Profits or returns you make on your Investments usually become part of your income for tax purposes. Many expenses relating to your Investments are tax deductible – for example, interest on money you borrow to buy shares. Australian residents for tax purposes are taxed on their worldwide income, so whether you have investments in Australia or overseas there are tax implications in obtaining, owning and disposing of them. Understanding how tax works in relation to your investment helps ensure you don’t pay more tax than you need to.
How tax applies to different types of Investments :
Investing in bank accounts and income bonds
Interest from a bank or other financial institution is part of your assessable income for the year, even if you are a foreign resident for tax purposes or the account is in a child’s name.
Even if the funds earning the interest were not subject to tax, the interest is. For example, if you won some prize money and banked it, you wouldn’t usually include the prize money on your tax return, but you would include the interest you earned on it.
You can also claim a tax deduction for expenses incurred in earning interest income or income from friendly society income bonds.
Banks and other investment bodies report to the ATO the interest they pay to account holders and investors. The ATO match this information with the amounts people report in their tax returns to ensure that all income is being declared. If the ATO find a discrepancy, we do adjust returns and penalties can apply.
Income bonds are a type of life insurance policy only friendly societies issue. They are sometimes marketed as ‘bonus bonds’ or ‘savings bonds’. Unlike other life insurance policies, which pay bonuses on maturity or surrender, an income bond is like a savings account and distributes regular bonuses. For tax purposes, these bonuses are treated in the same way as interest.
If your bank doesn’t have your tax file number (TFN) it will withhold tax from your interest at the highest marginal tax rate. You can claim a credit for the amount of tax withheld when you lodge your tax return.
You don’t need to provide your TFN if:
- you are under 16 years of age
- the account is in your name, and
- the account earns less than $420 interest each year.
If you are under 18 years old on 30 June of a financial year, your interest may be taxed under the special high tax rates for minors.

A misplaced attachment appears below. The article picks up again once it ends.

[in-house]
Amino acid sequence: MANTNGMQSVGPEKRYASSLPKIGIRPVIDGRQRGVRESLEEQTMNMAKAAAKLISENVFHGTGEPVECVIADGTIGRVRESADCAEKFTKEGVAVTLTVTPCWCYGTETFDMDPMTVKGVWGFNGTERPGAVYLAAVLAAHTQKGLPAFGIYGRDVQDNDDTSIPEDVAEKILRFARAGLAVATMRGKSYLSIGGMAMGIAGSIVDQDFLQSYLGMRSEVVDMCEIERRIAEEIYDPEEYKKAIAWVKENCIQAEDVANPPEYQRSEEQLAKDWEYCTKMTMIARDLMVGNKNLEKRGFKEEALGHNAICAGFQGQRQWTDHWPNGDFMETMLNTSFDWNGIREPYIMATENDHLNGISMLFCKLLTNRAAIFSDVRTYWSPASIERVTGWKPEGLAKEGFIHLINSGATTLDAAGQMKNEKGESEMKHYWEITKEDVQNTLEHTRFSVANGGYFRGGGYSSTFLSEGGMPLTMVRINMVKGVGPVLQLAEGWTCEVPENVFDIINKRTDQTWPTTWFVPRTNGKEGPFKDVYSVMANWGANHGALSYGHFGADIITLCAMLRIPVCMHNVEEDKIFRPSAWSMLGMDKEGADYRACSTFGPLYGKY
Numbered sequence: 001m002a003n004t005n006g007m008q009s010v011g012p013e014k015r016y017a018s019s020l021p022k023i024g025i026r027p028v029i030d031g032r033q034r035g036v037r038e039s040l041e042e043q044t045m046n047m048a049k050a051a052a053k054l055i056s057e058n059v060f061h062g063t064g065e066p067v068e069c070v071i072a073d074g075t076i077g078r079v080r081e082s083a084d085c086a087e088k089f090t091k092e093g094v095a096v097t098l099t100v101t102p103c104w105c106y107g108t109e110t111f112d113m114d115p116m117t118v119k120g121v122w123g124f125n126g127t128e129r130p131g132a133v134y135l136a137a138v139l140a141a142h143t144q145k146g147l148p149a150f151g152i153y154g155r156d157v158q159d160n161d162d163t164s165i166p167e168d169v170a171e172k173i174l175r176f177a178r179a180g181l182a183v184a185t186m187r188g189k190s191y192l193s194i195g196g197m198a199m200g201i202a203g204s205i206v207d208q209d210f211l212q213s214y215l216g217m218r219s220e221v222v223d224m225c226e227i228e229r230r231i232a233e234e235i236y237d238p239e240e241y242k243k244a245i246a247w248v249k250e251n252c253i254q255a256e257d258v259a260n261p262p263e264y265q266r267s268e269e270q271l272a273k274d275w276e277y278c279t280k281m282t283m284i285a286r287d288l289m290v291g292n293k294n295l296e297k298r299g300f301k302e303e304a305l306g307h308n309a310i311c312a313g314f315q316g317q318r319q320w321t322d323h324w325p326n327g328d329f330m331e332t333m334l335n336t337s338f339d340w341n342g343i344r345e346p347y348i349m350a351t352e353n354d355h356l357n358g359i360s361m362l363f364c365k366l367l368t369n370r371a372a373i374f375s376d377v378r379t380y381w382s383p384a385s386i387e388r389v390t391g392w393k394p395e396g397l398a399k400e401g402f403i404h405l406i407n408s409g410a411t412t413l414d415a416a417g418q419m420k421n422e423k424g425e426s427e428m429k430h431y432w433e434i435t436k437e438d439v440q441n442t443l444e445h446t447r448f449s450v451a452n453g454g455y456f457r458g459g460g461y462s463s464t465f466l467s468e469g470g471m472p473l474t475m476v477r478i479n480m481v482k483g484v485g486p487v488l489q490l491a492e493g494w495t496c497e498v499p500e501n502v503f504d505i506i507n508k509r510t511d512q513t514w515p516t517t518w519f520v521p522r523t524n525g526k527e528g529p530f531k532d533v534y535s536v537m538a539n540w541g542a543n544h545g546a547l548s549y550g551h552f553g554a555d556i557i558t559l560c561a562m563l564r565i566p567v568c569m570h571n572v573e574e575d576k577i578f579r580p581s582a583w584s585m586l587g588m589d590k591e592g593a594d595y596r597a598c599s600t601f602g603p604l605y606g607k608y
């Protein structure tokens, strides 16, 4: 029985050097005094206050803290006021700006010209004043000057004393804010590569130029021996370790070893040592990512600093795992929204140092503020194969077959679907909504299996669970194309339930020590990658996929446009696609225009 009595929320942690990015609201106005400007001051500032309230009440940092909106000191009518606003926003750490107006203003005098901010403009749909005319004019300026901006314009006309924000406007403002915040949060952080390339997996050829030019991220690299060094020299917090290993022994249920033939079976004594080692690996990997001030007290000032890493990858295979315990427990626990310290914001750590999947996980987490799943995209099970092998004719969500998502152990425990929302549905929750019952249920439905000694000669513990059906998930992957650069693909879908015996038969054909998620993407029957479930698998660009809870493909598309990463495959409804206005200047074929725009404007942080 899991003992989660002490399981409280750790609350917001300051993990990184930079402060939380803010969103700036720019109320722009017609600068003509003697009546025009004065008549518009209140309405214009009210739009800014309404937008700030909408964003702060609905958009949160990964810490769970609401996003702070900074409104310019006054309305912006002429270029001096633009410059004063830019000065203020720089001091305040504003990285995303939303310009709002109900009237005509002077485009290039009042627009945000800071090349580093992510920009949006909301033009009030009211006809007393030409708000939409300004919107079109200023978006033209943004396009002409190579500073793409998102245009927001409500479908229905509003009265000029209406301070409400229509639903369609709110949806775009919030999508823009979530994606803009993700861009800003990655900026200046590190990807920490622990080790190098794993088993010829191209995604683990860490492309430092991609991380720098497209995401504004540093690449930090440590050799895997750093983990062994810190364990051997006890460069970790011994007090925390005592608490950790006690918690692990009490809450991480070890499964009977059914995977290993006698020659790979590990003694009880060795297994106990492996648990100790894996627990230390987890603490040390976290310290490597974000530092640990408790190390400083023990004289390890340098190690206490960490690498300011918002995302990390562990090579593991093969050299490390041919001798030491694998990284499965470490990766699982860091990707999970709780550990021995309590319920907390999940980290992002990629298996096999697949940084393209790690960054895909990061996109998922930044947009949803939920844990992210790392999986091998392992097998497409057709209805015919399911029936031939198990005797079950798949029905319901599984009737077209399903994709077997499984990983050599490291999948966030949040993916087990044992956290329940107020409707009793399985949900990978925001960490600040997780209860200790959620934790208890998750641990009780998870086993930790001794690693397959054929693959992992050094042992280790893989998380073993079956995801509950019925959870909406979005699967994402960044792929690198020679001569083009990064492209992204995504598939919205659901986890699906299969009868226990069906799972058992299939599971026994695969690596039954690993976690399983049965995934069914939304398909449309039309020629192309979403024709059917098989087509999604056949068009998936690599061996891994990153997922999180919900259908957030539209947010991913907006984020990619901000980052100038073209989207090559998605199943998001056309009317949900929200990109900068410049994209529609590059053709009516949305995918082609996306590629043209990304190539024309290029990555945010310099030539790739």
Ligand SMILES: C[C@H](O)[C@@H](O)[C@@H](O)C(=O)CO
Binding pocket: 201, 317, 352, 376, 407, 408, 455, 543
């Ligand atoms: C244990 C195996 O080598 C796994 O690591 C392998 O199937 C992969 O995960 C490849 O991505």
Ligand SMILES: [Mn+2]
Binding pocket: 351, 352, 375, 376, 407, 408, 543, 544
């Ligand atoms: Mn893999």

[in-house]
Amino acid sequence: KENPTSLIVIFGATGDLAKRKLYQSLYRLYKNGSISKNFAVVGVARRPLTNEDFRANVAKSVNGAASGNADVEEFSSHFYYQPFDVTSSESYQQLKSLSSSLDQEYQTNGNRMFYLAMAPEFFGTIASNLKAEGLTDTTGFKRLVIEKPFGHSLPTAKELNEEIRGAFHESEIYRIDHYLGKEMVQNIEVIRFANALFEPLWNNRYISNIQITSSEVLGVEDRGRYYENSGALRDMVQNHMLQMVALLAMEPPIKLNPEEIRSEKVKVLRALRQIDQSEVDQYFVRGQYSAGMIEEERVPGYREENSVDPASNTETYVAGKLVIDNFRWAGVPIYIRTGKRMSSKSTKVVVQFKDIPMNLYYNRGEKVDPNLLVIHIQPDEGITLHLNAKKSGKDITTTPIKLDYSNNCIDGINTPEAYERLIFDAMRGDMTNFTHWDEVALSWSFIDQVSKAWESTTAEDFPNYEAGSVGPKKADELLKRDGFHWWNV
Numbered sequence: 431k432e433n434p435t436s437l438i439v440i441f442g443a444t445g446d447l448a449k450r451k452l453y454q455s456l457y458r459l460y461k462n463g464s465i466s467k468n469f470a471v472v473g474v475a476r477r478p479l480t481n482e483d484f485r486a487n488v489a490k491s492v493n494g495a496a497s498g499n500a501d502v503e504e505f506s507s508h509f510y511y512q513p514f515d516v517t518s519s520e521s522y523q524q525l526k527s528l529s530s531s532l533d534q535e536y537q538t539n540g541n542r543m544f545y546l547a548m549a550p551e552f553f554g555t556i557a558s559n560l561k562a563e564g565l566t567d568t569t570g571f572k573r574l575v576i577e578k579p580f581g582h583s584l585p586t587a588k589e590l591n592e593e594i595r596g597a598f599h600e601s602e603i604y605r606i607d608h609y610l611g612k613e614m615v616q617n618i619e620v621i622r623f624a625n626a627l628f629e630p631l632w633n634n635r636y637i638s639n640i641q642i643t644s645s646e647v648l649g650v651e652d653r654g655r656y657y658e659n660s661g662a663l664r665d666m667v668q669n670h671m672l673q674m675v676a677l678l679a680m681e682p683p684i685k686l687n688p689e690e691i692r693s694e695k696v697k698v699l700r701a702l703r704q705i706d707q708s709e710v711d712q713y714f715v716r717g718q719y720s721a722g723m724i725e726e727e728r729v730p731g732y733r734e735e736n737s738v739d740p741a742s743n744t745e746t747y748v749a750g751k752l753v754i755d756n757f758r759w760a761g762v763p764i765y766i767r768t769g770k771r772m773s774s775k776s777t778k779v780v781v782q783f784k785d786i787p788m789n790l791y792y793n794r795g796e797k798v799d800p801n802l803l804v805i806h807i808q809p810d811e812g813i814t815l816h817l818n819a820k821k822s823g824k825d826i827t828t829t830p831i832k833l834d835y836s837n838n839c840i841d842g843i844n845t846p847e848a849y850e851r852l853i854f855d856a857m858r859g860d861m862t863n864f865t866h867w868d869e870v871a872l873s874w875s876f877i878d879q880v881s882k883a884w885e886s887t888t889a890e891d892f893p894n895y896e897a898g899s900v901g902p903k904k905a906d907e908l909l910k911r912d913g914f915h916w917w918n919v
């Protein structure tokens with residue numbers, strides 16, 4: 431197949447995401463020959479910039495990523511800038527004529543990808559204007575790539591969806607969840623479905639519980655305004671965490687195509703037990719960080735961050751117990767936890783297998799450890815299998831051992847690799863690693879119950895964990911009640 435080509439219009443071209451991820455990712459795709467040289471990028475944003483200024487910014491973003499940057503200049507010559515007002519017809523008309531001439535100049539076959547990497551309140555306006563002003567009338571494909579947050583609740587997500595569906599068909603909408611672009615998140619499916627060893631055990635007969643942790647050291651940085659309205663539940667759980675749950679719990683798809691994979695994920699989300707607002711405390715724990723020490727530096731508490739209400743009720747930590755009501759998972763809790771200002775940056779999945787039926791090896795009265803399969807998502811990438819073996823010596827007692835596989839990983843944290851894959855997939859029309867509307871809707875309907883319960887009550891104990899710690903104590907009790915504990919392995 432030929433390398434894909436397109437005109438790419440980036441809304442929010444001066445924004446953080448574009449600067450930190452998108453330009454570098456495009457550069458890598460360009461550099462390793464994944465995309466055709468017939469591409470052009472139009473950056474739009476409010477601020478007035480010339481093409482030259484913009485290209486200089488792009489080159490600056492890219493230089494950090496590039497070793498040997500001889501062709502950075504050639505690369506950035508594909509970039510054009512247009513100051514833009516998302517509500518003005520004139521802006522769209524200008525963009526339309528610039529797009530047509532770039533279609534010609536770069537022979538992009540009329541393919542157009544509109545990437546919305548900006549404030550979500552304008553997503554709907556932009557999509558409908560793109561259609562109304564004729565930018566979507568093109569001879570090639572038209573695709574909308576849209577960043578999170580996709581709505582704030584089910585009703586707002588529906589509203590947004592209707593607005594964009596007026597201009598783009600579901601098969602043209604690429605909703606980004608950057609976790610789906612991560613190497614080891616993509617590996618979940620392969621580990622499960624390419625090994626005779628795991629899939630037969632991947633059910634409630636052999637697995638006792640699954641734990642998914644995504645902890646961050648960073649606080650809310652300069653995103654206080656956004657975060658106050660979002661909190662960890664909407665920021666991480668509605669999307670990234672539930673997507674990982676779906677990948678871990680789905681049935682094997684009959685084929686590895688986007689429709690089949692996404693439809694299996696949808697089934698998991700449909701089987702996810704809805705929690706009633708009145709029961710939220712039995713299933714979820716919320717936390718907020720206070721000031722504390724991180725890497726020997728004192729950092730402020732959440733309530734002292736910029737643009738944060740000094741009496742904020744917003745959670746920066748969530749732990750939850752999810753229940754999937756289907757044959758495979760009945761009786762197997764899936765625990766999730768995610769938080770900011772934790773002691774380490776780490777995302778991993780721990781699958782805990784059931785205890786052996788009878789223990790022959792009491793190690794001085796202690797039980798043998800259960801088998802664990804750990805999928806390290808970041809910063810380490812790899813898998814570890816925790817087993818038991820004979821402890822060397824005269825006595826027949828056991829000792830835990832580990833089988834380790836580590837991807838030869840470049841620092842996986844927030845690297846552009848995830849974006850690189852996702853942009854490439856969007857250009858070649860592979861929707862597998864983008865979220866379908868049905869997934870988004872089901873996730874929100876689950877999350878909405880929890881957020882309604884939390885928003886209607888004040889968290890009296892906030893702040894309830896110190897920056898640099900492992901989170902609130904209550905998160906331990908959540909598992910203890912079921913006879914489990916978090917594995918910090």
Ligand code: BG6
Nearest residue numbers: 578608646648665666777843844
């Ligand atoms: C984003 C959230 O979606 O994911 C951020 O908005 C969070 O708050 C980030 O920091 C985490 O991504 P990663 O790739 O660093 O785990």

Financial institutions automatically withhold tax from interest earned on accounts held by foreign residents. If you’ve given the financial institution your overseas address, the tax will be withheld at the rate of 10%. Without your overseas address tax is withheld at 49%.
Investing in shares
Dividends (income from shares) are considered income for tax purposes. There are also other tax implications of obtaining, owning and disposing of shares, including shares in employee share schemes.
You can claim deductions for costs related to the dividend income, such as management fees and interest on money you borrowed to buy the shares.
Managed investment trusts
You must show any income or credits you receive from any trust investment product on your tax return. This includes income or credits from a:
- cash management trust
- money market trust
- mortgage trust
- unit trust
- managed fund, such as a property trust, share trust, equity trust, growth trust, imputation trust or balanced trust.
If you are an Australian resident with overseas assets you need to include any capital gains or capital losses you make on those assets in your tax return. Additionally, if you have interests in a foreign company, a foreign trust or a foreign life insurance policy, you may have to include income you receive from these interests in your tax return. If you receive foreign income that is taxable in Australia and you paid foreign tax on that income, you may be entitled to an Australian foreign income tax offset.
Does investing interest you? If you are considering investing in property read the Taxwise Australia article about investment property repair and maintenance expenses.